CAPE TOWN - If you look at the game of Sevens, the standout things are stunning attack, eye-catching pace and skills fine enough to be envied by any athlete.
In fact, a common misconception used to be (not so much anymore), that Sevens is all about attack and not so much about defence.
And that can’t be any further from the truth. Defence is obviously important in rugby, and in Sevens, it’s vital.
With only seven men on the field, there’s just so much space, so much space to exploit. Any team can score tries against the best of teams if the oppostition's defence isn’t on par. And the tries will keep rolling in if that below-par defence doesn’t clean up.
How often have you seen stunning attacking teams lose because of a defensive error a simple missed tackle that led to a try? How many times have players taking a bit too long to get back up and get right back into defending caused problems for themselves?
Or how many times have you seen teams produce a composed performance on defence, maybe not as flashy on attack as the opposition, but deliver a good-enough outing on defence to keep the opposition out and apply enough defensive pressure to force them into making mistakes for them to capitalise on? There are many scenarios to play out and demonstrate the importance of defence in the game of Sevens.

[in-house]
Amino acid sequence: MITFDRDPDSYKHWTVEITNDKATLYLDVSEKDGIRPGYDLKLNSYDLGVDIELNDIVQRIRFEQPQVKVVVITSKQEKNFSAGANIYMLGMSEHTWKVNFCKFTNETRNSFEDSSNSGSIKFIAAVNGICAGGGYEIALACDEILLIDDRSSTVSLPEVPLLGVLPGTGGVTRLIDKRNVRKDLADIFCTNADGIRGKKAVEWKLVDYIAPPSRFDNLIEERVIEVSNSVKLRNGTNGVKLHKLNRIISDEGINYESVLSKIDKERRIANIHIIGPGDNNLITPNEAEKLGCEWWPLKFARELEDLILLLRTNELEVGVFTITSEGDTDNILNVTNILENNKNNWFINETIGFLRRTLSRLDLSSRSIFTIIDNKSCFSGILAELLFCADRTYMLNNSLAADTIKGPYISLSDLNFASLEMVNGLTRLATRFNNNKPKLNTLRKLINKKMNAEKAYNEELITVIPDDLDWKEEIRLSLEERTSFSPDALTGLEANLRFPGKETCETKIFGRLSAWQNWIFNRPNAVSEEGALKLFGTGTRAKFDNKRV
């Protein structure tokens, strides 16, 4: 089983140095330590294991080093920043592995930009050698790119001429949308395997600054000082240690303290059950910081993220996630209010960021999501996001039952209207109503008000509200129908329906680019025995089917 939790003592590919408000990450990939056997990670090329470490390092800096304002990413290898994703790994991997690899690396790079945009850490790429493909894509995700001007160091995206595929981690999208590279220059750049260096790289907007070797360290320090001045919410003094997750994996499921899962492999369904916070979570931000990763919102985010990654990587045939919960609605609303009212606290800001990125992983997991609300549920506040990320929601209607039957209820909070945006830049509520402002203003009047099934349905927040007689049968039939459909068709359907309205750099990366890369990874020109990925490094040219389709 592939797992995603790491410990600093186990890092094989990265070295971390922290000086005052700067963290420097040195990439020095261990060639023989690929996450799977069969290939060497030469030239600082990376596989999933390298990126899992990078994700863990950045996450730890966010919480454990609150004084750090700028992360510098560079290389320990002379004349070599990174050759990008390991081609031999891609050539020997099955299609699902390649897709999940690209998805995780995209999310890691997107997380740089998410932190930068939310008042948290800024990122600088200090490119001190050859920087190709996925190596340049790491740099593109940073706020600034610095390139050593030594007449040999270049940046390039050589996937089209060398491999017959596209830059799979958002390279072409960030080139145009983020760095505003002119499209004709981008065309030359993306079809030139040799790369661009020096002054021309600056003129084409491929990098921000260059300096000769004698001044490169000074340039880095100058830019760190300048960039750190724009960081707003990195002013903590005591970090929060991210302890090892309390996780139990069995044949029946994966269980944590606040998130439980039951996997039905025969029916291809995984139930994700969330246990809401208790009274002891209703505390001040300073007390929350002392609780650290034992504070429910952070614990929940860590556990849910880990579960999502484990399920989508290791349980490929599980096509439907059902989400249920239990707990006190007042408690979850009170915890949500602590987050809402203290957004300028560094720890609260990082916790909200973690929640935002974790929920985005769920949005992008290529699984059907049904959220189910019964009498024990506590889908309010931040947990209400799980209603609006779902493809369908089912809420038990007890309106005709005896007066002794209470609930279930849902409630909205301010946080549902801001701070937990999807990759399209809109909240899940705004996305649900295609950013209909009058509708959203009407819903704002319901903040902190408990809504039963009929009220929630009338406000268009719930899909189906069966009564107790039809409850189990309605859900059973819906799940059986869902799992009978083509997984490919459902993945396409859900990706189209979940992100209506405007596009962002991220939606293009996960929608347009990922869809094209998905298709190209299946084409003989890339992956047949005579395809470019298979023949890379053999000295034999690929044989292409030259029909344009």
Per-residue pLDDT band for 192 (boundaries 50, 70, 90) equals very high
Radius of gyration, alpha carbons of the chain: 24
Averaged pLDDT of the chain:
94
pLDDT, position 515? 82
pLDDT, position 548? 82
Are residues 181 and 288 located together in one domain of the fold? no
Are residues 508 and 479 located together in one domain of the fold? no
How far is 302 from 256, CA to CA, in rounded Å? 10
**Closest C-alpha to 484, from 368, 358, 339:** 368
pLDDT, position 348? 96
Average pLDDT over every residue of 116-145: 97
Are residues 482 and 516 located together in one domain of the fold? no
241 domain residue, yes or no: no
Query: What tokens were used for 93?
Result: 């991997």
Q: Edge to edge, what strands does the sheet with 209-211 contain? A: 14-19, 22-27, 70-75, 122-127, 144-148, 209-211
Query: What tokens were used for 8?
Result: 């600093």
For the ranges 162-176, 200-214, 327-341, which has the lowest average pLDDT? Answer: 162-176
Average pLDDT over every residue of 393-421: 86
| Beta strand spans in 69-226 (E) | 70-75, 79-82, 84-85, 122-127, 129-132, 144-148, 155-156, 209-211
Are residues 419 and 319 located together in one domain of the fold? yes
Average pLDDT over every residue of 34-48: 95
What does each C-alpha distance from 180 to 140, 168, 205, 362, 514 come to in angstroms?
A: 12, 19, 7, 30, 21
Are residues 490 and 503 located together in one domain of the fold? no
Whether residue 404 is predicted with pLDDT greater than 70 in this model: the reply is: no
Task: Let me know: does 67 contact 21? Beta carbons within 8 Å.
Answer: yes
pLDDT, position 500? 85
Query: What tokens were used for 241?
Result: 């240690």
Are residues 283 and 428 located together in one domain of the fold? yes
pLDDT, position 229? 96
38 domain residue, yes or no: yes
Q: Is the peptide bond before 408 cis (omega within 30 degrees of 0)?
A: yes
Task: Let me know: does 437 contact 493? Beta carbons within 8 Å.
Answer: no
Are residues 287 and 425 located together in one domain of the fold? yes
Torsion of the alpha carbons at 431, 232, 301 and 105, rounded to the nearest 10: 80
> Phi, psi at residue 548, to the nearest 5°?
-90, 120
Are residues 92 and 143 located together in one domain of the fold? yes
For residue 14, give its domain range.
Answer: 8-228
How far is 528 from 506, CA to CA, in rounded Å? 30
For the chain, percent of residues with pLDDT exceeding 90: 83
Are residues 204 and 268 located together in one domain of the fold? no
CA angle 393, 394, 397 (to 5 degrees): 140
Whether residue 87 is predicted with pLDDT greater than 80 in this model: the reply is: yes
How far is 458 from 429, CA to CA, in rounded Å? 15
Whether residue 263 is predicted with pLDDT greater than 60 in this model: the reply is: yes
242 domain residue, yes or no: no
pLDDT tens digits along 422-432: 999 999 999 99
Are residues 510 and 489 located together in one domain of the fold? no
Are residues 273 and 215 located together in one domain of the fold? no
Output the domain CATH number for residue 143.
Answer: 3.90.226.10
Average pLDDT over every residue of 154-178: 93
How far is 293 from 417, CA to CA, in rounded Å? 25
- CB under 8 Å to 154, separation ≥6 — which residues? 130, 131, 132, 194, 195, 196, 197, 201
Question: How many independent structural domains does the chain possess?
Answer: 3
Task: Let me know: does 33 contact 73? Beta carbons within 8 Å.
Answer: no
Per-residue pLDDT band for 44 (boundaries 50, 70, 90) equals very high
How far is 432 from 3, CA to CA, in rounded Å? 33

Springbok Sevens coach Neil Powell has mentioned that importance many times. More specifically, the Blitzbok chief has said that they - the Springbok Sevens team - pride themselves on defence. And he’s also said that being clinical on attack is key, too.
And that’s been very evident.
The Blitzboks boast some of the fiercest tacklers in the game - just look at guys like Chris Dry and Werner Kok, to name a few, and more often than not, in the last World Sevens Series, the South Africans have had their names on the most-tackles-made list a number of times. And when it comes to tackle completion, they haven’t been too scarce from that list either.
The Blitzboks just seem to get that balance between outstanding defence and sharp attack just right.
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In the semi-final against Fiji, their victory could in part be attributed to impressive defence and relentless contesting on the ground. They made big hits and the Fijians just couldn’t penetrate their defensive lines. It proved vital in their success yet again. And that was just one example of their defensive efforts.
And as solid as they are on defence, the Blitzboks also have every attacking component that any team would be lucky to have. From try-masters that rake in the five-pointers, to speedsters that can make sprinting down through the middle, down touch and from anywhere on the field look like it’s absolutely nothing, to those who put in the grind at the attacking breakdowns, the Blitzboks have it all. They combine attack and defence perfectly, and then, of course, there’s all the other components - like team culture and team work - that add to their success.
The stigma around Sevens and defence seems to be changing, and that’s good. And you just have to look at the Blitzboks’ performances to see how vital defence really is.